Interviewed by Andre Theng

Thursday afternoons are something of a special time at the School of English: it’s the one time a week we gather for our weekly seminar series where we get the opportunity to hear from School members and visiting scholars on their latest research. This year, we have Dr. Anya Adair in charge of putting these sessions together. MPhil candidate Andre Joseph Theng chats with Dr. Adair to find out more.

 

Hello Dr. Adair! Could you tell us a little about the seminar series and how you’ve put it together? 

The seminar series enriches the intellectual life of the university and the school. It gives us an opportunity to start conversations about important topics in the field and learn about cutting-edge research. It informs us about what scholars are currently working on, so there aren’t just ‘showcase’ lectures but also works-in-progress in which we can engage with the speakers.

We have a combination of internal and external speakers. Some come from our own School, some from other HKU faculties, some who come from other Hong Kong universities and yet others who come from abroad. They’re not just faculty members but also PhD students, members from the Society of Fellows and post-doctoral researchers. For these younger scholars, it’s somewhat of a rite of passage to give one of these talks. We also invite professors who may be travelling through Hong Kong or who have other work in the department to share their research at these seminars whenever there is an opportunity. In this regard, I am grateful to my colleagues who are always forthcoming with ideas on who might be able to present, as well as for the collaborations with other departments and faculties which have allowed us to have a wide range of topics and speakers. Finally, we are proud to have an enthusiastic audience who come from far and wide themselves and who bring with them their own research and experience.

 

What were some challenges with planning for the series?

It’s a tough balancing act to have researchers who are both from and outside the faculty; from the language and literature strands; from different fields of English; experienced and young scholars; and male and female researchers. We have such a broad range of people in our department; my own work is on Anglo-Saxon law from the 500s, and then we have colleagues working on contemporary topics. Regardless, even if our research interests are not entirely the same, the point remains to have good conversations with one another.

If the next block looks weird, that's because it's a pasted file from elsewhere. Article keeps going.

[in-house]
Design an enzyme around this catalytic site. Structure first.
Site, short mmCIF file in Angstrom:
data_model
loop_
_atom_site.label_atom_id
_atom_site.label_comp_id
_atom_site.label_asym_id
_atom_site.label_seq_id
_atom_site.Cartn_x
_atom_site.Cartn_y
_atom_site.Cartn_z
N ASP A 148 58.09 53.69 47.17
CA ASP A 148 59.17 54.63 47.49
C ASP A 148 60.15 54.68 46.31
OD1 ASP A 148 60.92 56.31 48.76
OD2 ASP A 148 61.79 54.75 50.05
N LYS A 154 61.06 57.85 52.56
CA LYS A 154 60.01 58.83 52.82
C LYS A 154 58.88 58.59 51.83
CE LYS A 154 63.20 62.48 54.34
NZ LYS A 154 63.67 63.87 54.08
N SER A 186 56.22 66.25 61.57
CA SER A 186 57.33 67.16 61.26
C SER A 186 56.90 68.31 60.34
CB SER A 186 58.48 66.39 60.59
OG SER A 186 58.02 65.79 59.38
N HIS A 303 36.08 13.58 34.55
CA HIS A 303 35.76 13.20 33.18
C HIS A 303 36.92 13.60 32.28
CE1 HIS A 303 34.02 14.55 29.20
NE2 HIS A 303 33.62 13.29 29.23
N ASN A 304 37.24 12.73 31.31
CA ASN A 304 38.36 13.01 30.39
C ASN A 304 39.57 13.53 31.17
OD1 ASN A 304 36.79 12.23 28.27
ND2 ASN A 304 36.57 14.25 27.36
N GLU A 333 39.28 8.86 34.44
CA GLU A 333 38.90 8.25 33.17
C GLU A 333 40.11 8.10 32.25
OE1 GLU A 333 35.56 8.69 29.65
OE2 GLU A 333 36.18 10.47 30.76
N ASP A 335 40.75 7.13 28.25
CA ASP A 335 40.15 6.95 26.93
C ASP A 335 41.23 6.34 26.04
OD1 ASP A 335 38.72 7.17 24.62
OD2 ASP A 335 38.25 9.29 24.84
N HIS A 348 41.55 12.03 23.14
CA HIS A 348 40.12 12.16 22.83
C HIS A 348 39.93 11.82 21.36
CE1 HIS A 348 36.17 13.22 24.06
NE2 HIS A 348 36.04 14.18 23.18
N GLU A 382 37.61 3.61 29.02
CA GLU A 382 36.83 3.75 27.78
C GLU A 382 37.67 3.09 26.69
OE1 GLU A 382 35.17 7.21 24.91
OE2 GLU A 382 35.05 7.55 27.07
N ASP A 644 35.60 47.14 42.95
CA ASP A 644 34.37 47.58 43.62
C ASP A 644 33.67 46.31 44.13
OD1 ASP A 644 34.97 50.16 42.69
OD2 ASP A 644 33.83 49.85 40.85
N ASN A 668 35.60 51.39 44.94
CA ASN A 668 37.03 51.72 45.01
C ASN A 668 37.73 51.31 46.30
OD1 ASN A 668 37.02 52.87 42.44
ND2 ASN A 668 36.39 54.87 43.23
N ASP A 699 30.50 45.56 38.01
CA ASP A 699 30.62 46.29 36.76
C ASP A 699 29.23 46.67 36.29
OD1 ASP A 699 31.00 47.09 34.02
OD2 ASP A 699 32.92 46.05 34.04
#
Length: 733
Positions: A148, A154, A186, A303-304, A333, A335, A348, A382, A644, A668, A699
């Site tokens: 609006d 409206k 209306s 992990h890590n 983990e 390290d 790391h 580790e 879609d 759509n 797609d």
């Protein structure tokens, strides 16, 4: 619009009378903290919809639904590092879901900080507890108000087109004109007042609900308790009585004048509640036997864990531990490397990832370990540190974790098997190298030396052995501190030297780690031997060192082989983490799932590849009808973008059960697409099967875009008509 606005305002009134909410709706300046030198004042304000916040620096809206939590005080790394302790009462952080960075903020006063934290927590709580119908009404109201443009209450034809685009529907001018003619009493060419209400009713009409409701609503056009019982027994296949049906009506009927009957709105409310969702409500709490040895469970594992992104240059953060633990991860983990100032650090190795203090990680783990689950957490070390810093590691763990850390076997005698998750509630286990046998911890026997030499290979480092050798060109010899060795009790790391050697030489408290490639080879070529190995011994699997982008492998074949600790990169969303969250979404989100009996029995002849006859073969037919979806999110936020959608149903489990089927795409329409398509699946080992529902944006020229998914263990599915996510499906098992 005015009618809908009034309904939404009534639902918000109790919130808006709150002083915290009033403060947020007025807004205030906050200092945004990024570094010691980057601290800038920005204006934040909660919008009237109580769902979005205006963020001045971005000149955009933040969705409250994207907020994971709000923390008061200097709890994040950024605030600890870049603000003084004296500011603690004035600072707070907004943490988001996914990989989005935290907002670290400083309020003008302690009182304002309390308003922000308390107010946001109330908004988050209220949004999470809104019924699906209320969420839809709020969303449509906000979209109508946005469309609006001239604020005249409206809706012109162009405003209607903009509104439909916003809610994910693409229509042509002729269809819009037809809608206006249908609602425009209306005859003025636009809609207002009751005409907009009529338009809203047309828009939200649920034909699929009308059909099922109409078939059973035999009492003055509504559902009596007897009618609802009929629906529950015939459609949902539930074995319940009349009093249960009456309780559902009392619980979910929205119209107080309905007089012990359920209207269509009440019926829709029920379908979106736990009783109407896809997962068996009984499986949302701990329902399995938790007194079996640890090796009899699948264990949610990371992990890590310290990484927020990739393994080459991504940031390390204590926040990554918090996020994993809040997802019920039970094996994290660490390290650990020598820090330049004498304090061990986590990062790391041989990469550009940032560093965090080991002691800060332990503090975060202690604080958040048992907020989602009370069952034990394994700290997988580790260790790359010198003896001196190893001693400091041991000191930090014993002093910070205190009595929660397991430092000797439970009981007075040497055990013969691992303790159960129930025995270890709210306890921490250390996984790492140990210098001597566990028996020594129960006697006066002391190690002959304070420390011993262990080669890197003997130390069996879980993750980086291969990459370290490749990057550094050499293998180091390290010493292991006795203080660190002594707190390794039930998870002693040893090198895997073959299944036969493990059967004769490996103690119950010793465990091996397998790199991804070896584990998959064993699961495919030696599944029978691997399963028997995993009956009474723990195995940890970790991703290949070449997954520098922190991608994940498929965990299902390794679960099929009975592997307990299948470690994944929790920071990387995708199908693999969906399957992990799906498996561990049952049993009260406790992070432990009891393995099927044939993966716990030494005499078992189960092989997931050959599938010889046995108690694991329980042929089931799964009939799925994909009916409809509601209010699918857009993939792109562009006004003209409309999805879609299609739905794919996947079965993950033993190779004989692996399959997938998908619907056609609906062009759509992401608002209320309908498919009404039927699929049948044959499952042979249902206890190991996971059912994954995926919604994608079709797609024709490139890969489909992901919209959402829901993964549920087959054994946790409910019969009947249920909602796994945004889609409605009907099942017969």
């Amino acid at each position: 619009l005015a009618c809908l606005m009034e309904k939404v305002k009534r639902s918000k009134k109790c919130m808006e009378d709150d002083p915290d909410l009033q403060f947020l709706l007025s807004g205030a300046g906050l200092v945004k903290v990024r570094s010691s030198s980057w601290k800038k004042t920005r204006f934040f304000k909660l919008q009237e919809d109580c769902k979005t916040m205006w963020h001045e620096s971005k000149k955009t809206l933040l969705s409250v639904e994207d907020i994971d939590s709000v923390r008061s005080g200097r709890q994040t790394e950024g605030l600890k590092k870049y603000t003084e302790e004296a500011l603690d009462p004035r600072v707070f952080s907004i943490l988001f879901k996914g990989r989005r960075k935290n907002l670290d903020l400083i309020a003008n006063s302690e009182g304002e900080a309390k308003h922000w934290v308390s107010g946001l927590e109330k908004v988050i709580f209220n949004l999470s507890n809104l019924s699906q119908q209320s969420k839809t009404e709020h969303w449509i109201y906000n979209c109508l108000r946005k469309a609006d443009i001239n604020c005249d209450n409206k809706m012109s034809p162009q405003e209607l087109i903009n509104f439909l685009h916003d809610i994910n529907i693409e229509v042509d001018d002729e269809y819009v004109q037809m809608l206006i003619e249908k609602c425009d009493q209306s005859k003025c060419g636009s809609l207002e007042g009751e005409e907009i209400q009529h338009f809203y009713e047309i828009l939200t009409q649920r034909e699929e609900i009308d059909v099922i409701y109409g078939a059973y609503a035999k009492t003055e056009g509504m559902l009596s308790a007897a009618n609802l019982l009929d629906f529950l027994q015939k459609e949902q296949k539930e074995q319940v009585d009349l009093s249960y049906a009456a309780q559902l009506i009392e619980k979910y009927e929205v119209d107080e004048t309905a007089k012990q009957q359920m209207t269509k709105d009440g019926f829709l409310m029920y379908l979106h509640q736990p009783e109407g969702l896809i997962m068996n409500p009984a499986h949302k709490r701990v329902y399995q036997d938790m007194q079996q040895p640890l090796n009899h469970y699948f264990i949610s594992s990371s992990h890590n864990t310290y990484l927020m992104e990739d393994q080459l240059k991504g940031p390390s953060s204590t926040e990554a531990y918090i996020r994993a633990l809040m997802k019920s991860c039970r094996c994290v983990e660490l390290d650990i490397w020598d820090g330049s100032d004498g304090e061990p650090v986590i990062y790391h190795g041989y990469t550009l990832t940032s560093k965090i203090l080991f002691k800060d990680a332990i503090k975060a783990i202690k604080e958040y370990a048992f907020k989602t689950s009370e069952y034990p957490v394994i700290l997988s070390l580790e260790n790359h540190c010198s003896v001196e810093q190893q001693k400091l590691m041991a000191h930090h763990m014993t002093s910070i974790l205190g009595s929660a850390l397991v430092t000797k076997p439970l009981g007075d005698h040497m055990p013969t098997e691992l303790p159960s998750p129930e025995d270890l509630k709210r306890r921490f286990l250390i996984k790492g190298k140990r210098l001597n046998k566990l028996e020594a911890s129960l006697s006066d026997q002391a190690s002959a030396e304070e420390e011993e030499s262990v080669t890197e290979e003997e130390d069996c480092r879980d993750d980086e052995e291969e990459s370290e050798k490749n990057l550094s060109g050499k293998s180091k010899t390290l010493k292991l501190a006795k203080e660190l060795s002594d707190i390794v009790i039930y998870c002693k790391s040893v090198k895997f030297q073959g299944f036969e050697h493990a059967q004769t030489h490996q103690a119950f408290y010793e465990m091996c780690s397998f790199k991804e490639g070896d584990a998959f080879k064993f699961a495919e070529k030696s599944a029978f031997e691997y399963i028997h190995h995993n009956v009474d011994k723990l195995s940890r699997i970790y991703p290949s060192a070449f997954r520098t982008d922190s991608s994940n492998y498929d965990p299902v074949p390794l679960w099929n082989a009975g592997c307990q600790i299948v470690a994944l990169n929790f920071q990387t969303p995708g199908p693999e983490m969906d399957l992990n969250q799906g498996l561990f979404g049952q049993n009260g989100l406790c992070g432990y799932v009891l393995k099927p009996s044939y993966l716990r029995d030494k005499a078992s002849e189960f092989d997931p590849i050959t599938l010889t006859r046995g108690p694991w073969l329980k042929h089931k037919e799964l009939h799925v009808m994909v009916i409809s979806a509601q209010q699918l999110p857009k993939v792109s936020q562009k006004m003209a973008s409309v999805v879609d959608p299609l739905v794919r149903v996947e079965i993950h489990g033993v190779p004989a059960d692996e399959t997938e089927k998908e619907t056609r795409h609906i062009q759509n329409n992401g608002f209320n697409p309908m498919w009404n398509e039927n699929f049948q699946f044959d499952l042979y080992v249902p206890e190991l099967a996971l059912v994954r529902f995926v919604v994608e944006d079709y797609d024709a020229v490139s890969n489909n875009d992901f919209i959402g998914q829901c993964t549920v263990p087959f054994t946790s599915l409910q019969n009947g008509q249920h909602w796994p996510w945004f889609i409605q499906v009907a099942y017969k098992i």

What were some highlights for you from this semester’s seminars? 

If I can just mention three of this semester’s seminars, Dr. Clara Dawson, who is visiting our school from the University of Manchester, spoke about a little-known genre of literature – gift-annual poetry. She enlightened us about the significance of what can be thought of as ‘lost poetry’. Professor Balakrishnan Ananthakrishnan’s talk about Indian theatre during the colonial period taught us about an extraordinary and rich culture of performance that most of us in the room were unaware of, as he connected Indian theatre with the theatre scene in London. Our very own Dr. Bobo Wong’s highly philosophical talk was especially memorable – for me – for the lively conversation which followed the talk. We collectively grappled with the theoretical issues that arose from her talk. It reminded me of the value of a paper focused on the theoretical, and even more so, impressed upon me what a friendly, collegial and intellectually generous group we have at the School of English.

 

What can we expect next semester?

We have another full semester of talks which I hope will prove to be just as exciting, especially with job talks for two positions in the school and visits from external examiners. There will be a range of speakers and I look forward to being challenged by new ideas and being exposed to developing research, just as I hope will be the same for anyone who attends the talks.

 

Before we go, tell us: why should anyone come for the talks?

It’s extremely important for all of us to attend these talks even though they may not be on a topic that we are working on. I am always surprised at how many ideas I get for my own research from seminars that seemed entirely unrelated to my own field of interest. I especially encourage our postgraduates to come; it’s an important act of professionalisation to learn how to ask questions through listening to other questions, or better still, asking questions themselves. I think there’s no better training for thinking about our own research, the ability to think on our feet and to be able to respond to questions about our work.

On that note, if anyone has any ideas or suggestions on the coming semester’s talks, please feel free to get in touch with me!

 

The seminar series are usually held during term time at 16:30 on Thursdays at the School of English, Run Run Shaw Tower room 7.45. Look out for an updated list of talks in the coming semester – All are welcome!

Published on: January 15, 2019 < Back >